Rotherweird - Andrew Caldecott

Rotherweird - Andrew Caldecott *****

Welcome to Rotherweird. Or perhaps not, since outsiders aren't encouraged to stay in this unusual little English town which would rather keep its secrets to itself, and even from itself, since delving into 'old' history is forbidden there. Rotherweird is hidden in a valley shrouded in mists, a kind of Steampunk fantasy Hogwarts meets Gormenghast, where over the course of centuries cut off from the rest of the world, they have developed their own curious ways and inventions. But that world is now suddenly under threat. And - wouldn't you know it? - it looks like it's outsiders who are to blame.

Although it's perhaps not the fault of Jonah Oblong who has recently been employed as a history teacher there - he has a name at least that fits in well with the other eccentric characters of Rotherweird. He's teaching modern history of course, none of this 'old' stuff, which might be part of the reason why the previous incumbent of the post, Flask, has disappeared in somewhat mysterious circumstances. Someone else however has upset the delicate balance between the various town officials and administrators, and the competitive edge that lies between the scientific research that takes place in the North and South towers of the academy.

The danger is more likely to come from Sir Veronal Slickstone, who has been invited by the mayor Sidney Snorkel to take up residence in the old Manor at Rotherweird. Since Slickstone has recently recruited an actress for his "wife" and employed a "son", you can be sure that he's doubtlessly involved in some nefarious business or other. The population of Rotherweird are intrigued and not a little dazzled by the presence of a titled resident who is going to make quite a splash in the town, but not only do they not know why he has come there, Slickstone himself isn't quite sure what it is he is after either.

All I can say about it is that you're going to have great fun finding the answers to these mysteries since there is nothing predictable or commonplace among them. I'll just leave a hints that there are a few unusual deaths, roof-top vigilantes, bolts of power thrown around, some mysterious portals leading to a land in another dimension and that this dimension is inhabited by part-human/part-animal/part-god-knows-what abominations that have been transformed by dangerous science. And despite the fact that knowledge of old history is forbidden, there are a number of revelations made about the past, which is kind of inevitable since some of the characters we meet seem to have been around for a very long time indeed.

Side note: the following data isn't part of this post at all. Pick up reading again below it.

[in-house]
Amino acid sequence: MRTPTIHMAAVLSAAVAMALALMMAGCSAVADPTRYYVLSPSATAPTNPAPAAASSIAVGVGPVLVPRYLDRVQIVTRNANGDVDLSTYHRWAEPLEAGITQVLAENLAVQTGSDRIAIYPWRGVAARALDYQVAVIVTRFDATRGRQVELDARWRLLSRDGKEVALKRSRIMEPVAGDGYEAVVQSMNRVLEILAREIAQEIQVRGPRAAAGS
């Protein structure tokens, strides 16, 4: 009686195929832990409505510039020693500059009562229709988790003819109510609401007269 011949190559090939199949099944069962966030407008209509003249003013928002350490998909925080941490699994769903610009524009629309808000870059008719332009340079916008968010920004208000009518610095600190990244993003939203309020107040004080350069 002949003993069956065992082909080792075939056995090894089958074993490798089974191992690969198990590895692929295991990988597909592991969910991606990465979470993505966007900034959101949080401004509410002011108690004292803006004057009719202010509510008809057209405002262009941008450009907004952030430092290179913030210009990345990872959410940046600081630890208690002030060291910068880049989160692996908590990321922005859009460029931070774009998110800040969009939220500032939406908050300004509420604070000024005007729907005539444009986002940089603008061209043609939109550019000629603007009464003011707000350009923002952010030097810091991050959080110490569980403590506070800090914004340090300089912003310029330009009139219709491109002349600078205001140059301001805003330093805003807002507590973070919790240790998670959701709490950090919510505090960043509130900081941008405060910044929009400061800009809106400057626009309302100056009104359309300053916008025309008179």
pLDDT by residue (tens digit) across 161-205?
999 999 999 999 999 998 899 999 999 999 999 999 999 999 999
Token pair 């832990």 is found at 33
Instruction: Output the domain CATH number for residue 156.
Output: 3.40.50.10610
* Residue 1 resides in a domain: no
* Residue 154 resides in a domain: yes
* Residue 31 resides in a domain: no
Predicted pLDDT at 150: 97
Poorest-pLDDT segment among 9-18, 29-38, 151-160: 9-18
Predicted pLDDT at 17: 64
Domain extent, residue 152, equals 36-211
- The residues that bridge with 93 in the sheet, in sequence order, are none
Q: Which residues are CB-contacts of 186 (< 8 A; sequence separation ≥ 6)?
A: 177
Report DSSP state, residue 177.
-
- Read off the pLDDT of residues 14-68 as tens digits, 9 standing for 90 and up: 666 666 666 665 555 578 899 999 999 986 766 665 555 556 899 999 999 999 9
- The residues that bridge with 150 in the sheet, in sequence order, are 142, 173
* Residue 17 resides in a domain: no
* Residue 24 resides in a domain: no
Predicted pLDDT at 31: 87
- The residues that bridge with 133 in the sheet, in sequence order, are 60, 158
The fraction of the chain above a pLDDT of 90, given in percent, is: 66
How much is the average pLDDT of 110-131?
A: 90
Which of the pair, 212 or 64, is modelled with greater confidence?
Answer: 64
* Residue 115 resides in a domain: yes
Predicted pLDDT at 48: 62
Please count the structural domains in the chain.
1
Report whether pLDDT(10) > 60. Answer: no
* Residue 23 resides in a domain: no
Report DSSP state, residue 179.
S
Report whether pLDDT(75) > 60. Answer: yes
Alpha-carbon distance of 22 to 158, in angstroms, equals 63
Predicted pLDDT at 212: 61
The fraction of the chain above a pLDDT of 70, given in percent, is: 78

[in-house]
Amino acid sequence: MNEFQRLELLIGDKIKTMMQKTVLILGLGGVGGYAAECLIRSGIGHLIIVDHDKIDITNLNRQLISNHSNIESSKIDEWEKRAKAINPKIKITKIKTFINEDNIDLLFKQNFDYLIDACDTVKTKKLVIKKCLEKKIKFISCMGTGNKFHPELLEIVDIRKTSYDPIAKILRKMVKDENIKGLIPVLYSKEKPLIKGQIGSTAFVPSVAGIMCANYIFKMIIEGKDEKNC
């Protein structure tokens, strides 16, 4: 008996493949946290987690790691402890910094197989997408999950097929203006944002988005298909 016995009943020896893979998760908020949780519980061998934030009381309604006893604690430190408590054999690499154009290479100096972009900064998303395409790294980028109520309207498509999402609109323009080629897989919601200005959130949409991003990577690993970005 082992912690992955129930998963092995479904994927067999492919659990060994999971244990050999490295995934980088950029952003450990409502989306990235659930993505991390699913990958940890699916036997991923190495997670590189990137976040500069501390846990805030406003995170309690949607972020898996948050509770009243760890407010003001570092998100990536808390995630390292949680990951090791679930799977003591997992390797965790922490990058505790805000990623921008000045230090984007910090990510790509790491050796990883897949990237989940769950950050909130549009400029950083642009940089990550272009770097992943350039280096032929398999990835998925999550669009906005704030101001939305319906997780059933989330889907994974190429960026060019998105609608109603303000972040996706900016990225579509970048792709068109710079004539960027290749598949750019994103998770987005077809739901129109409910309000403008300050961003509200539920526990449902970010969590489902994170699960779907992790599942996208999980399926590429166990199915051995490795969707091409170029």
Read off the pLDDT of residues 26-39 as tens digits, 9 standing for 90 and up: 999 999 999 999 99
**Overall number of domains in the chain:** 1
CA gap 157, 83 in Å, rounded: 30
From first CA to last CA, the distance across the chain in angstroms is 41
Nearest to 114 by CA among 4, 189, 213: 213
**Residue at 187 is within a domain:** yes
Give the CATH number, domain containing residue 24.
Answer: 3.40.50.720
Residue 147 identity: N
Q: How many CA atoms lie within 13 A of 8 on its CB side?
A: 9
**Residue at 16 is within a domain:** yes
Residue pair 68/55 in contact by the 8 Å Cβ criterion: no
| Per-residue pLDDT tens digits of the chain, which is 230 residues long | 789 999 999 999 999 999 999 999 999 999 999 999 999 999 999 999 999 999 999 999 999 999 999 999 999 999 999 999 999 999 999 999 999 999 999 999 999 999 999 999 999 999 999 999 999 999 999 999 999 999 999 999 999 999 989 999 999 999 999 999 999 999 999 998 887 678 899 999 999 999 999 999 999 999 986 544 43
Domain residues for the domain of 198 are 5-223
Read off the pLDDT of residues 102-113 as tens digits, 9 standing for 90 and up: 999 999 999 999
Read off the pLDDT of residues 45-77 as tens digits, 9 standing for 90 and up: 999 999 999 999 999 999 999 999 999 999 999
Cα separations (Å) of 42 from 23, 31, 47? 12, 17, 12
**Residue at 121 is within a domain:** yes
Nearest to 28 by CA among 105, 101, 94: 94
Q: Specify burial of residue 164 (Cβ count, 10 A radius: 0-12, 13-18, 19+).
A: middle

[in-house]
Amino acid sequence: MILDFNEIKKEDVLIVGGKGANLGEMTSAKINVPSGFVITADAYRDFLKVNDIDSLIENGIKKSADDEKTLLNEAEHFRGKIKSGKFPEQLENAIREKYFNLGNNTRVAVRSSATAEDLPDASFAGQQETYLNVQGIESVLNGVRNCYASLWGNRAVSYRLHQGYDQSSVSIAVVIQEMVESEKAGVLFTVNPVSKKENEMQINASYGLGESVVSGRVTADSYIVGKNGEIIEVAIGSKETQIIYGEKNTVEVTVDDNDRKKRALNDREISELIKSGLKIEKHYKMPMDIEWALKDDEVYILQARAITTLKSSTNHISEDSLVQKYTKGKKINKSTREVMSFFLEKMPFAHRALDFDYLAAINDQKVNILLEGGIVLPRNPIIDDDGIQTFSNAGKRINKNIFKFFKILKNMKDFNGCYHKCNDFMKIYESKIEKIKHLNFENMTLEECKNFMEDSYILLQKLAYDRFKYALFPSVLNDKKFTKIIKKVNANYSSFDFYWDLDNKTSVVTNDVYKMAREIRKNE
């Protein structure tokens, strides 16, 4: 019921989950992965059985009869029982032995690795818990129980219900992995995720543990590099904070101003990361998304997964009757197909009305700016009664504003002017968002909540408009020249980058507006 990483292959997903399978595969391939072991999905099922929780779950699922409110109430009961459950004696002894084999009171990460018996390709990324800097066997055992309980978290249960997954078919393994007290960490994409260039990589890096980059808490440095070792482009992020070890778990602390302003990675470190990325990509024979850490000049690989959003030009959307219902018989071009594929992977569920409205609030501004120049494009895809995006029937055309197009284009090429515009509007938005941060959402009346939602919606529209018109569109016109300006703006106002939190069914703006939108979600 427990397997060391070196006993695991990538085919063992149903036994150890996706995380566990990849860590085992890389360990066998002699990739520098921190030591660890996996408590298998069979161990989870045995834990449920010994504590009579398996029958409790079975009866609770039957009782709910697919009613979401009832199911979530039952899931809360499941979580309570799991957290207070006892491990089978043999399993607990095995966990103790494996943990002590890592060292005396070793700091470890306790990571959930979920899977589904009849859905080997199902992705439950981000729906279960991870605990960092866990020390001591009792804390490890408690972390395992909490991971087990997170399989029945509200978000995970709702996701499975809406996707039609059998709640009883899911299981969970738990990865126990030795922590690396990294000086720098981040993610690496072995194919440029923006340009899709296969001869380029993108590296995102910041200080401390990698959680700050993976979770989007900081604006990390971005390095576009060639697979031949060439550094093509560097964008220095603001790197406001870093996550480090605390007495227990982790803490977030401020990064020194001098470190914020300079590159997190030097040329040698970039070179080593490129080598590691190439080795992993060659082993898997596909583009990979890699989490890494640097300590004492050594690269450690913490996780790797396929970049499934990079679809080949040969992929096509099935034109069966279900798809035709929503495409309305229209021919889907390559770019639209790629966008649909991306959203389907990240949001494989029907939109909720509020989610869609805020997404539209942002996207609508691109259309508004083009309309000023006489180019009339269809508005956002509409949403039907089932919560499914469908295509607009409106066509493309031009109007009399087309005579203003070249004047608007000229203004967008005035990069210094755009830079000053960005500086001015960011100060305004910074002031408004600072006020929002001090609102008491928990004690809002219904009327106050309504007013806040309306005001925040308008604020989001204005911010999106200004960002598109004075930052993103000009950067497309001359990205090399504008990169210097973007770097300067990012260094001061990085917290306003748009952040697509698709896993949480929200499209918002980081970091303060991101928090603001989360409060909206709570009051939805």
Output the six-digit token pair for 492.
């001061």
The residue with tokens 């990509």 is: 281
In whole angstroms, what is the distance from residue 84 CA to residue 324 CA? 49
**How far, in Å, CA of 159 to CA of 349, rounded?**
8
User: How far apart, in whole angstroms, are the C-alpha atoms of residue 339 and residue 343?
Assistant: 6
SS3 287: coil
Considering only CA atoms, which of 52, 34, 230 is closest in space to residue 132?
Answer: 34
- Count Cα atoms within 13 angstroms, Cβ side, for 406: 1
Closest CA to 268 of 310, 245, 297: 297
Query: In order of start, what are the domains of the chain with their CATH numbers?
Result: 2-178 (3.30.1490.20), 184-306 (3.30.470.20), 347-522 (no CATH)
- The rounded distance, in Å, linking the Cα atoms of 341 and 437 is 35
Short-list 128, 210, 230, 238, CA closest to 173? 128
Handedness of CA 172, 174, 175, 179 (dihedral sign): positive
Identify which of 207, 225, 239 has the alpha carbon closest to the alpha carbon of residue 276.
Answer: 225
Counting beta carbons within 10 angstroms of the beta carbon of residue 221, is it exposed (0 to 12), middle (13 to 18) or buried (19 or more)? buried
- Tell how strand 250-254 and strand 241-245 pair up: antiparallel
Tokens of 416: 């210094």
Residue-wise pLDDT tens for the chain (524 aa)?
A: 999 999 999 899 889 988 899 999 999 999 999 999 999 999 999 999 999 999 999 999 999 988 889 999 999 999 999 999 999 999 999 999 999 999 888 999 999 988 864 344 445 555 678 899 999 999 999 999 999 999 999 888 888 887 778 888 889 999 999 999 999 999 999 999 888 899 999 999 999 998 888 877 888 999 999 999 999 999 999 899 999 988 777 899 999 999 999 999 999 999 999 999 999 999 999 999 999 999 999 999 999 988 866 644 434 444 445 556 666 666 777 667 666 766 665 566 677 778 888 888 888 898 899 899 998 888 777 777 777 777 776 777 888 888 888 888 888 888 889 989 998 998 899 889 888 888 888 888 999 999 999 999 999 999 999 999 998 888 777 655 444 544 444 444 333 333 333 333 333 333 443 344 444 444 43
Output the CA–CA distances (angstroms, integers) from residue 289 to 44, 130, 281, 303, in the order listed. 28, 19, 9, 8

Ah, the characters! The strength and originality of a book like this often lies within the quality of its characterisation and in Rotherweird it's simply wonderful. Obviously it goes beyond the outlandish names and eccentric manners of the likes of Sidney Snorkel, Vixen Valourhand and Sir Veronal Slickstone (although names often have historical meaning and significance here and if you know your Latin you'll be ahead of the game here). Almost everyone - good, bad, mysterious and eccentric - has surprising depths, hidden secrets, specialised interests and unknown talents that make them capable of revealing different and surprising facets to their characters. When even the chivalrous sports instructor Gregorious Jones intervenes and saves the day, it's hard to feel that there are any actual secondary characters here.

What is also great is that Andrew Caldecott provides plenty of opportunities for chance meetings and unusual alliances in entertaining situations like the Great Equinox Race, the Midsummer Fair and other public and private gatherings. As well as forming alliances of the good and the curious, they can also throw up some matters of a romantic nature that are also delightfully handled in the writing. It seems almost a shame that some of the more longstanding historical mysteries are resolved by the end of Rotherweird, but you get the impression that there is so much more than can be done with these characters and this situation, so it pleasing to see that while this wraps up well on its own account, it is also the first of a trilogy, and that is something that is very welcome indeed.

Rotherweird by Andrew Caldecott, with illustrations by Aleksandra Laika, is published by Jo Fletcher Books.

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